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30 November 2020, 17:20
Rare footage of Barry, Robin and Maurice Gibb making 'Tragedy' in the 1978 and ribbing Barry for his sound effects, gives a wonderful insight into the trio's relationship and song-writing techniques.
The Bee Gees were composing and recording 'Tragedy' at Critera Studios, Miami in 1978 when the rare footage was recorded.
Barry Gibb then takes to the microphone as he tried to mimic the sound and hilarity ensues as his brothers rib him and mock his efforts from the control room.
Cupping his hands over the microphone and making an explosion sound with his mouth, Barry giggles as he attempts to do it at exactly the right time in the song, before getting it right on his last go.
The explosion sound made it onto the final recording of 'Tragedy' and it's become a little known secret that it was actually Barry Gibb who made the original sound effect.
Footage of the brothers in the Florida studio was recorded as the trio were putting the finishing touches to their 1979 album, Spirits Having Flown.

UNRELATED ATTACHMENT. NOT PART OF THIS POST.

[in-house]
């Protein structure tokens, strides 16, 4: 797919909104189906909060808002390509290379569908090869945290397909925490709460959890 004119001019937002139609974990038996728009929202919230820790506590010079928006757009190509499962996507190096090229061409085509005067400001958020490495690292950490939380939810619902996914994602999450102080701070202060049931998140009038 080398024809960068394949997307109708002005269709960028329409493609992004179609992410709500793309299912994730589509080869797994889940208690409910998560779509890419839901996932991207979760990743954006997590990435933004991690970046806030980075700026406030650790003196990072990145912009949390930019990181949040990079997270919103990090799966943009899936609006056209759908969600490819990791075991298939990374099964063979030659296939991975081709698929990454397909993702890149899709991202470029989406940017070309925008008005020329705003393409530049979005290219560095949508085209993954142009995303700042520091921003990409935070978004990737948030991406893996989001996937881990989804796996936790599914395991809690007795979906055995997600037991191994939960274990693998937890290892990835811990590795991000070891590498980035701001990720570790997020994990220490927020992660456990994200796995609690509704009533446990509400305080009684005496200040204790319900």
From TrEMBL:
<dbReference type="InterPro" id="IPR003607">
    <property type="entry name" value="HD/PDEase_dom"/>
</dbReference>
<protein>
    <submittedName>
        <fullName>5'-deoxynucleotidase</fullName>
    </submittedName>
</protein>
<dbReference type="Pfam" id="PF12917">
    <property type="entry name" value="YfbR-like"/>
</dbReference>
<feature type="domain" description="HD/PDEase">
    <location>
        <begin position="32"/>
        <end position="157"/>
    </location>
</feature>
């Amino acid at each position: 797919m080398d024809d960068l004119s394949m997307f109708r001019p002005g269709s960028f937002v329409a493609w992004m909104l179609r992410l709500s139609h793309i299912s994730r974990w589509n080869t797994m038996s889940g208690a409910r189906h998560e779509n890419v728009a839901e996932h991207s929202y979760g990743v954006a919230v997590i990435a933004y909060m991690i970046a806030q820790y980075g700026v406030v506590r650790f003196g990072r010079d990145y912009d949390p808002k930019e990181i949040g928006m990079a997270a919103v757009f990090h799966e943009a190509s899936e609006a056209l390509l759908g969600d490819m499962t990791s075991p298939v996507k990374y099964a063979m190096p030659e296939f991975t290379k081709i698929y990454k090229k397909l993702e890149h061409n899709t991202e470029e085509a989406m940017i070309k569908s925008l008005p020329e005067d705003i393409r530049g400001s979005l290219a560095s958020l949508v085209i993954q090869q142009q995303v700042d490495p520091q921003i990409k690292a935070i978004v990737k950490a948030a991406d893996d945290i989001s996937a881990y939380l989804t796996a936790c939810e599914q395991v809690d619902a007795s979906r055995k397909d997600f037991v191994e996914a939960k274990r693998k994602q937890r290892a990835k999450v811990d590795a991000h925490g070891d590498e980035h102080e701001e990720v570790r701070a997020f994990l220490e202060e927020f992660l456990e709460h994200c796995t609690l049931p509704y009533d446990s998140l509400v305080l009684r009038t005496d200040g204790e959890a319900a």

The original footage was filmed by NBC and aired as The Bee Gees Special, a 90-minute behind-the-scenes TV show broadcast on November 21, 1979.
The Bee Gees reportedly wrote 'Tragedy' and 'Too Much Heaven' on an afternoon off from filming The Beatles' Sgt. Pepper's Lonely Hearts Club Band movie.
'Tragedy' was released as the third single from their 1979 album and knocked Gloria Gaynor's 'I Will Survive' off the number one spot, where it stayed for two weeks.
The video shows the close lifetime bond between the Gibbs, however the trio went through famous periods of estrangement and speaking in 2012, Barry Gibb reflected on the relationship with his brothers and his regrets over their deaths.
"My greatest regret is that every brother I’ve lost was in a moment when we weren’t getting on, so I have to live with that and I’ll spend the rest of my life reflecting on that," he said.
"I’m the last man standing. I’ll never be able to understand that as I’m the eldest."
Their younger brother Andy Gibb died aged just 30 in 1988 after battling drug addiction and depression for many years.